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Veronique de Rugy

December 2001

European Union Tax Cartel is Bad for US Economy

By Veronique de Rugy, Policy Analyst at the Cato Institute

Because it is increasingly easy for investment funds to cross national borders, politicians must exercise a certain degree of fiscal discipline in order to attract jobs, capital and entrepreneurs instead of losing them to another country. This is known as "tax competition" and the United States is the world's biggest beneficiary of this process.

America's modest tax burden, combined with privacy laws for foreigners seeking to escape oppressive fiscal systems, has helped attract more that $9 trillion of foreign investments to the US economy. This inflow of assets is a key determinant of American prosperity since this money is put to work for the nation and produces more jobs, higher standards of living, and general prosperity.

Naturally, high-tax nations resent tax competition. European politicians, for instance, get upset when their taxpayers shift their money to low-tax jurisdictions like Switzerland and the United States. They even have a plan the European Union "Saving Tax Directive" that would give them the power to impose their burdensome tax rates on income earned in places like America.

This is a dangerous idea. In effect, the European Union (EU) wants U.S. financial institutions to serve as vassal tax collectors for Europe's welfare states. Moreover, the EU is interfering with U.S. tax policy by asking the World Trade Organization to rule that some provisions of the U.S. tax code are impermissible because they create too much tax competition. If implemented, this initiative would undermine the right of the US to determine its own tax policy.

The United States should reject these ludicrous schemes. Unfortunately, some of the bureaucrats at Treasury and the IRS want to help prop up Europe's over-taxed economies. Almost a year ago, the IRS issued a proposed regulation (REG 126100-00) that would force U.S. banks to report the bank deposit interest they pay to nonresident foreigners. The purpose of the regulation is to help foreign governments collect tax on U.S. source income.

This would be a major mistake. America does not share common interests with high-tax nations. It makes perfect sense for uncompetitive, overtaxed nations to try to set up a tax cartel and slay tax competition. After all, high tax countries suffer from tax evasion, capital flight and brain drain.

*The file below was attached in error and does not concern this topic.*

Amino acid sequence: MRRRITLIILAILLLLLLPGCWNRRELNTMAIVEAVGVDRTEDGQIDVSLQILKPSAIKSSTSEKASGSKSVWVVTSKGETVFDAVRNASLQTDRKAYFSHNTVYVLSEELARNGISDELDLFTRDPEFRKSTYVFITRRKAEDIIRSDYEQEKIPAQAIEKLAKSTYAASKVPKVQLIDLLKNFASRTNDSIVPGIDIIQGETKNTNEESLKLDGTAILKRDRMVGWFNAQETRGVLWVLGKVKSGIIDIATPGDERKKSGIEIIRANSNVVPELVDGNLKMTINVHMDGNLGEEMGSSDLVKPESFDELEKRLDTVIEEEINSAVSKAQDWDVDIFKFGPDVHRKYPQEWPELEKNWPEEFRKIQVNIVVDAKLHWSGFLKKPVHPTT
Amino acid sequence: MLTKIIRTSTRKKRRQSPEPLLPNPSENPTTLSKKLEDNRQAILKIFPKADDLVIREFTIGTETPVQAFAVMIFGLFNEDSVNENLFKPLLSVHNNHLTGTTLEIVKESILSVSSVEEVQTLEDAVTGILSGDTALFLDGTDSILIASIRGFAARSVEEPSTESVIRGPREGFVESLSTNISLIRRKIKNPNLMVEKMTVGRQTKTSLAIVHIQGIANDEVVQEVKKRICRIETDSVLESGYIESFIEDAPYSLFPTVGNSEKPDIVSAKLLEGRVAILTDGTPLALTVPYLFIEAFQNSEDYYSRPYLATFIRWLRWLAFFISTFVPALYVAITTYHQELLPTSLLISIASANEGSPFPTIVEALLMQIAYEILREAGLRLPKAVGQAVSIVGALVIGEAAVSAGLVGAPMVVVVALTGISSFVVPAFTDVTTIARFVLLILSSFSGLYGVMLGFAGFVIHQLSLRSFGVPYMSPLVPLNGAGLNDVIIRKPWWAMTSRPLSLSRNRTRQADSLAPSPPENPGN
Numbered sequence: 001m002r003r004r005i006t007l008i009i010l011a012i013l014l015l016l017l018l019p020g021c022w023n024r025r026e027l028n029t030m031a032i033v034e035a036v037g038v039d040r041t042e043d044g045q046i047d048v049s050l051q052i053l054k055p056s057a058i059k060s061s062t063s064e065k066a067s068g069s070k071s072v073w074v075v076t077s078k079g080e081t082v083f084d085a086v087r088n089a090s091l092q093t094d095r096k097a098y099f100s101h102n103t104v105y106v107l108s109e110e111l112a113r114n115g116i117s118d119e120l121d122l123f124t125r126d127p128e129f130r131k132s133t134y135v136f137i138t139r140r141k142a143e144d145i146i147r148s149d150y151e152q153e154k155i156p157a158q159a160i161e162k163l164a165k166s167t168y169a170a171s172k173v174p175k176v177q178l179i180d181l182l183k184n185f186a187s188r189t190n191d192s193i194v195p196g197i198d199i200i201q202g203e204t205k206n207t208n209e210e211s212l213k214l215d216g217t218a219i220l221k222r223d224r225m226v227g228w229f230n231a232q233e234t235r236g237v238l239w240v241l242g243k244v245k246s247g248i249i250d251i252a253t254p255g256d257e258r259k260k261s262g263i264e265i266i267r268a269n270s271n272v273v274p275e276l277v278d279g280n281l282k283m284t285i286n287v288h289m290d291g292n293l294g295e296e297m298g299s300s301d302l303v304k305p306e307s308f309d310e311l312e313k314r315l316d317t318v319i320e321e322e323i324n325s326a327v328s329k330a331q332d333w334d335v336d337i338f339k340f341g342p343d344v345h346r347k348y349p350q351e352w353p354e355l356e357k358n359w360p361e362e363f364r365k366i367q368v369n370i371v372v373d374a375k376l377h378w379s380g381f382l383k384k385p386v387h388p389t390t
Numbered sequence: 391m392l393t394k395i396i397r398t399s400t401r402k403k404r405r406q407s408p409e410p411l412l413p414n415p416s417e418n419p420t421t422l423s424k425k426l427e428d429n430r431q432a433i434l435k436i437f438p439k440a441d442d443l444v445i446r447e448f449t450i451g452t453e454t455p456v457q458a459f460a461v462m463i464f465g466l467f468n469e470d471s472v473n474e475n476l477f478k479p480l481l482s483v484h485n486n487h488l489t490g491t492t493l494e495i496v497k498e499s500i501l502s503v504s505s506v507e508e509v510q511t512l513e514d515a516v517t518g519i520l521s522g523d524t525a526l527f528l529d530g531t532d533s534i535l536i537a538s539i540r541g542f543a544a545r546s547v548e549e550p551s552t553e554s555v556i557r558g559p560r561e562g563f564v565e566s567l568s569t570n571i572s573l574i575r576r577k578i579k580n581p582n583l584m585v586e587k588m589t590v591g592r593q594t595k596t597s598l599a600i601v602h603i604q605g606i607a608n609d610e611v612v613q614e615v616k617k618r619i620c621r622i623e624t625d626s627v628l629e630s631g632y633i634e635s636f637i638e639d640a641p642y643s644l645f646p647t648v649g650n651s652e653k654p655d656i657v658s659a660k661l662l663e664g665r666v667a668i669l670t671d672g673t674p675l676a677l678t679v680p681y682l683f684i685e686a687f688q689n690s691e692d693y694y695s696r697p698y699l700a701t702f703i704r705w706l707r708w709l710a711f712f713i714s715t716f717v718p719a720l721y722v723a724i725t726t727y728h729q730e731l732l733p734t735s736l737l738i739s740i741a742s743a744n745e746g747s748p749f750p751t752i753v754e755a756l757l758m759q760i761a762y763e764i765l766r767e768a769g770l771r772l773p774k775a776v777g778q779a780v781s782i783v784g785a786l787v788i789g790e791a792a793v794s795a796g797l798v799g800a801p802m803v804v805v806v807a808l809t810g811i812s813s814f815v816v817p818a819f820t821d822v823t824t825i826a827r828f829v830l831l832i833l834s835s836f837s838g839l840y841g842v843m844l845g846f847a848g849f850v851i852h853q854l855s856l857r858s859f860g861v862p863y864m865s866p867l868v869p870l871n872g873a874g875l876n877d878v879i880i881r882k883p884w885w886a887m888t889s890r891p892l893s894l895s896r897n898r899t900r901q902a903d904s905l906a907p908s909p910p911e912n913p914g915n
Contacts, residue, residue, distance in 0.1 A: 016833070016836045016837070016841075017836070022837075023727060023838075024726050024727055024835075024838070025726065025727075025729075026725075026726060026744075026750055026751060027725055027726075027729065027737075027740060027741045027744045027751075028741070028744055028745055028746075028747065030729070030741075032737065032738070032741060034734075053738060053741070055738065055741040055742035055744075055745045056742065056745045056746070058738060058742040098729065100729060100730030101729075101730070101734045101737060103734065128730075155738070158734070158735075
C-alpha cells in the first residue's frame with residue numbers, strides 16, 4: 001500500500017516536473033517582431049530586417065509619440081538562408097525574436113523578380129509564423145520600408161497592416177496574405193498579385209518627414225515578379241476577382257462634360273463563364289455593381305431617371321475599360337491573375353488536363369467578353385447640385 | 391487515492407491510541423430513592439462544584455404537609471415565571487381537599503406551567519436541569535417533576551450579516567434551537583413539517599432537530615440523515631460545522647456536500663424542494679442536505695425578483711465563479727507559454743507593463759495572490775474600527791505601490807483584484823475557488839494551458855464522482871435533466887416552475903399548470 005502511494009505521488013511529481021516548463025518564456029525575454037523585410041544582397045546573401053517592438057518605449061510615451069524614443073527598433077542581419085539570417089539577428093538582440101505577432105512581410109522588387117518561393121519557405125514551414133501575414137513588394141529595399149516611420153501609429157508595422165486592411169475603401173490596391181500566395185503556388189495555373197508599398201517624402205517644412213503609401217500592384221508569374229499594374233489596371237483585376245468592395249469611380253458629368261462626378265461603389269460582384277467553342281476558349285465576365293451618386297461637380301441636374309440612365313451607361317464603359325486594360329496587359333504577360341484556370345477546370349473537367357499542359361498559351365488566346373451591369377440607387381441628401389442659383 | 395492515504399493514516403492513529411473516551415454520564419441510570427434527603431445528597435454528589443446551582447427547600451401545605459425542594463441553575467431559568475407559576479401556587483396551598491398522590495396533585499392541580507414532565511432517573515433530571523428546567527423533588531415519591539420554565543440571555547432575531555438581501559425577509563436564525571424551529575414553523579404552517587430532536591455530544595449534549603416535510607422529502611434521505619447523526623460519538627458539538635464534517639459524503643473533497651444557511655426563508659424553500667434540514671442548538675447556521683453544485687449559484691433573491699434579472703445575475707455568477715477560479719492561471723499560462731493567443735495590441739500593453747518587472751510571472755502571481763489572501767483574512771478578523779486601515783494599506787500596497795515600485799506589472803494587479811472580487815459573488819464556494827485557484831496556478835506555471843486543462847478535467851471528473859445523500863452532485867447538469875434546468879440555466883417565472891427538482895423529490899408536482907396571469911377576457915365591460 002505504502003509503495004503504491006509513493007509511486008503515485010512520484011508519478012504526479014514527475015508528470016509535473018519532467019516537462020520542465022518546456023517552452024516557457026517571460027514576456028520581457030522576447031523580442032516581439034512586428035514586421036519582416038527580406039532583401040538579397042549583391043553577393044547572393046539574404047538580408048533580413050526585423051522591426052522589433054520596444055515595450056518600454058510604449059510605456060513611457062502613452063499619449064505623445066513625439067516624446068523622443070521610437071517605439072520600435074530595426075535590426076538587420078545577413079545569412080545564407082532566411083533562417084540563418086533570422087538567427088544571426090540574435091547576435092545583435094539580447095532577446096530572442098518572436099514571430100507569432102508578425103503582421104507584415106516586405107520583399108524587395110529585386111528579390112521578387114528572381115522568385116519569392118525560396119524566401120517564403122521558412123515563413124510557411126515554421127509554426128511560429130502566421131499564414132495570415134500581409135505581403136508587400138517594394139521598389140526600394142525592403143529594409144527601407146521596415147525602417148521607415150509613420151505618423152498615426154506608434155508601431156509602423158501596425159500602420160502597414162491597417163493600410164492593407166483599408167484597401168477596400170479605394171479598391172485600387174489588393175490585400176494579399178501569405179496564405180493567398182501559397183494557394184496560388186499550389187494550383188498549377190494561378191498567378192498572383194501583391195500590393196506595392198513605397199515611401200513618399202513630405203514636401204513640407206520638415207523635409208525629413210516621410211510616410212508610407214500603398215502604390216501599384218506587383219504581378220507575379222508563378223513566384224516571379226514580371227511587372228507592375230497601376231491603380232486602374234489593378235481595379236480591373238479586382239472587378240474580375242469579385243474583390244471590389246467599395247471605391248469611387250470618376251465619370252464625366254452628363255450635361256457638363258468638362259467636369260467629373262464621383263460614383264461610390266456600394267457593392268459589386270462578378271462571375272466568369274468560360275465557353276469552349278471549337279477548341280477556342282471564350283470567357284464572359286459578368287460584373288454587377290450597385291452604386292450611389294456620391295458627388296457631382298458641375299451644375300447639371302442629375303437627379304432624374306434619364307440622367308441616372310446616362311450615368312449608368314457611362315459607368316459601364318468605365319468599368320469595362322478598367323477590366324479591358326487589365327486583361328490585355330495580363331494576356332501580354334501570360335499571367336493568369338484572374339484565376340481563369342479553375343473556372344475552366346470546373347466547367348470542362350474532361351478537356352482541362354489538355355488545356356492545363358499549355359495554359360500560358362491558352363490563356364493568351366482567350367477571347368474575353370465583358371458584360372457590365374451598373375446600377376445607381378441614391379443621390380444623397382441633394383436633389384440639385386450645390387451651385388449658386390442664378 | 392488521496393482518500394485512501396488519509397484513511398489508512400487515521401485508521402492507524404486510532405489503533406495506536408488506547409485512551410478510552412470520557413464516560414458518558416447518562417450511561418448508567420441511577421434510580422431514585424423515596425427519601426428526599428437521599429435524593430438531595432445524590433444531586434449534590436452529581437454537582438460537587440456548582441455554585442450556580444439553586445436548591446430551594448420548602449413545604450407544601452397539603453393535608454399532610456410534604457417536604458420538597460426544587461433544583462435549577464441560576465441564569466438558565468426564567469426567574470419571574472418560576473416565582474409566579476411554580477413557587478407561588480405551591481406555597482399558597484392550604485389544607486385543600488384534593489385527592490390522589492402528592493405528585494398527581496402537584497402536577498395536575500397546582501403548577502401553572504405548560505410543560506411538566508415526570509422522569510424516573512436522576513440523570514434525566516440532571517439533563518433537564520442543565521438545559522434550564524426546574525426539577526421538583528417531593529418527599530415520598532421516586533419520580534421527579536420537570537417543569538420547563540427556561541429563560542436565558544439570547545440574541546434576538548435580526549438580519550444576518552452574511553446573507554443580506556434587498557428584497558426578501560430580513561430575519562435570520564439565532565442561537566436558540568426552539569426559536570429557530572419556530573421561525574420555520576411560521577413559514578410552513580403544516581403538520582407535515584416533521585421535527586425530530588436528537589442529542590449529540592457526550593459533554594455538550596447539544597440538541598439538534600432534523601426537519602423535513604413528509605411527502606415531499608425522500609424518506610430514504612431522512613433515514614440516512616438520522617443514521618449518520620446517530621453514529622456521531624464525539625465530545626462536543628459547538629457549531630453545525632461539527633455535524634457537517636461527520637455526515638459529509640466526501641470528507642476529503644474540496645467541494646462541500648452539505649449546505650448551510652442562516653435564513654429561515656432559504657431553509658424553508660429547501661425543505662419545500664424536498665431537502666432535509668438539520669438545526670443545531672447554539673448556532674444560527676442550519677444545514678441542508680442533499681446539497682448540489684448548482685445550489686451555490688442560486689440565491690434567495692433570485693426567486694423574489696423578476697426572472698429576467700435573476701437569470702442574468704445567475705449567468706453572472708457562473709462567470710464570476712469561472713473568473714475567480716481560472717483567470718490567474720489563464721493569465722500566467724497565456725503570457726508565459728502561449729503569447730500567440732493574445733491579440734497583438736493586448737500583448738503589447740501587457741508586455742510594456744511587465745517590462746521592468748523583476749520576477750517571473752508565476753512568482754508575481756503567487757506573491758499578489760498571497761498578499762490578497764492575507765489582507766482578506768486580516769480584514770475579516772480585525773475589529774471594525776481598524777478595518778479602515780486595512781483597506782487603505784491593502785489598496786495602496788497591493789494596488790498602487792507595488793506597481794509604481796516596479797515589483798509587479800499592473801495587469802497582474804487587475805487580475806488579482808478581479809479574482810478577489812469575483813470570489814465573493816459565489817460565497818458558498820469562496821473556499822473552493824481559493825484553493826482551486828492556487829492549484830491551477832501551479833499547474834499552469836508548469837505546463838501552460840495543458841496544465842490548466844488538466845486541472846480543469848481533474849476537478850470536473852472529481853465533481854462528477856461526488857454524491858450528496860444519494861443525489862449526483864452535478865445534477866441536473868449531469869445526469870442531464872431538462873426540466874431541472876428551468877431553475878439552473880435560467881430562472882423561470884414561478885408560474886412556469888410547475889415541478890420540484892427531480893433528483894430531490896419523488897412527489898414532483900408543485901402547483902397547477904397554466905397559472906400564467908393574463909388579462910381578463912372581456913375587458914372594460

Consider the case of France: According to the French tax authority, 25,000 taxpayers leave France every year for tax reasons, including many of its most talented workers. Furthermore, the estimated level of tax evasion is a whopping 17%, higher than most developed countries. Numerous studies have also demonstrated that over half of France's underground economy is tax driven, and that tax avoidance is widely practiced. With a tax burden of 45.5% of GDP (including a top personal income tax rate of 54% and an average value-added tax of 19%), it's little wonder.

To prevent further erosion of its tax base, France has two options. The first one is to cut tax rates. This is the judicious choice made by Ireland in the 1980s after the Irish government decided to try "Reaganomics." Ireland's approach was a big success. The country now enjoys the second-highest living standards in the EU.

France's second option is to use international bureaucracies like the EU to undermine tax competition. Not surprising, this was the preferred choice, not only of France, but other high-tax nations like Germany and Sweden. These regimes want to buttress their tyrannical tax systems by gaining the power to tax income earned outside their borders. This would require a global tax cartel and a systematic elimination of financial privacy.

This tax cartel would have a terrible effect on US economy. A study by the Center for Freedom and Prosperity highlights how international tax harmonization schemes would undermine America's competitive advantage. Much foreign investment is attracted by low tax rates. With few exceptions, the U.S. government does not tax the investment income of foreigners and does not report this income to foreign governments. Low taxes and financial privacy really make the US a tax haven for taxpayers around the world.

If the EU wins, the U.S. economy will lose savings and investment because foreign governments will get the power to tax income earned in the United States. As a whole, the US economy would suffer drastically at a time when it needs this capital the most. At a minimum, the EU tax cartel would drive a $1 trillion out of the country. This will soon translate into less jobs and lower incomes for Americans.

This critical issue also will have a big impact on the US ability to reform its tax system in the future. For instance, the EU scheme would make a flat tax or some other tax reform plan impossible. As such, policy makers ought to consider seriously whether propping up nations like France is worth this level of damage to our economy.

Tax competition is good for the US but it is also a desirable force in the world economy. Ever since the Reagan tax cuts, tax rates around the world have been falling. This has helped boost growth rates in many nations and forced politicians to be more responsible. For the sake of American taxpayers, the Bush Administration should reject the EU's "Savings Tax Directive."


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